As part of our Leaders Say transit oriented developments series, we spoke to our leaders about their approach to designing transit oriented development and new high density mixed-use projects. In the last installment of this series, Co Founder & Executive Director David Buffonge shares his thinking on creating these future development models.
High density transit oriented development (TOD) is the fastest growing sustainable solution for mixed-use environments and we are now seeing the evolution of new models in Asia. With a predicted 200 million people moving into cities across China over the next ten years, it has now become necessary to rethink how we deal with this higher level of densification.
The traditional TOD model has “live, work and shop” components positioned over a rail station or transport interchange, but as these developments become larger, it is our responsibility as architects and designers to incorporate the necessary ingredients that would enhance well-being and the personal experience of users and occupiers.
We typically start our process with a functional planning diagram, to maximise accessibility and connectivity, to create intuitive and natural people flows and movement. This approach will improve wayfinding and increase the overall legibility of the destination. In most cases, a common sense solution will prevail. Each function within the development needs to have their own entrance and arrival experience!
Our plans are usually organic and connections are designed to achieve ultimate pedestrian convenience. We have also developed a number of useful formulas to help us determine the appropriate distances between vertical circulation nodes. At the transit level, we have found ways to improve the arrival experience from underground rail connections into our buildings.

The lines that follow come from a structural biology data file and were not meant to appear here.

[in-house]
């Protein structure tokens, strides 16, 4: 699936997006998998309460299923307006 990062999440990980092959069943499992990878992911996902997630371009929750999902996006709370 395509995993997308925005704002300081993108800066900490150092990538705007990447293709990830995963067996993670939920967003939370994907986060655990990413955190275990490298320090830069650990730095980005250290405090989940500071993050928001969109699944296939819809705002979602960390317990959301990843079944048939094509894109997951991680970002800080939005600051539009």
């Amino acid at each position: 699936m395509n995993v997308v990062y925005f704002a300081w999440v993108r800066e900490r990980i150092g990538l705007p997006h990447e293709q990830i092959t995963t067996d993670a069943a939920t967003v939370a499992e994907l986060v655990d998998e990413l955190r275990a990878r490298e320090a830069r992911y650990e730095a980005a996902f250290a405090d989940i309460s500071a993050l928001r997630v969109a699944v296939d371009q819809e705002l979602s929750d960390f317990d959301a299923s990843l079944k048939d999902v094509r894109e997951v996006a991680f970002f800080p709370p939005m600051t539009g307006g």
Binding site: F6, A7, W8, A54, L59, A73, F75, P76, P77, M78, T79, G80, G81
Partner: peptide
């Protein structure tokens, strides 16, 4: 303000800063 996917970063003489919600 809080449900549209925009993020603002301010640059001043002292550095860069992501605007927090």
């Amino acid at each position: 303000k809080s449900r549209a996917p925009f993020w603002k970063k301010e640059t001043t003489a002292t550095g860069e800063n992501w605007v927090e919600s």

Place-making is about creating an address for the destination and each location needs to have a good sense of arrival. We have found new and interesting ways to integrate art, sculpture and landscape into our architecture. These initiatives are prerequisite to good architecture and should not be considered as simply add-on to spaces.
Mixed-use development types are also becoming much more complex with their own mixes within. New and interesting bookshops have emerged to become libraries and social spaces, concept stores have become mini museums and some commercial buildings have transformed themselves into art galleries. It is so important that we consider flexibility in our designs. Pop-up shops, pop-restaurants can also create the variety and experience needed to excite people.
Finally, a reminder about the use of natural light. Designing spaces that allow for controlled natural light is an opportunity that should not be missed. People are instinctively drawn to natural light so it can be a powerful tool to encourage vertical movement within buildings.
By: David Buffonge (Lead8 Co Founder & Executive Director)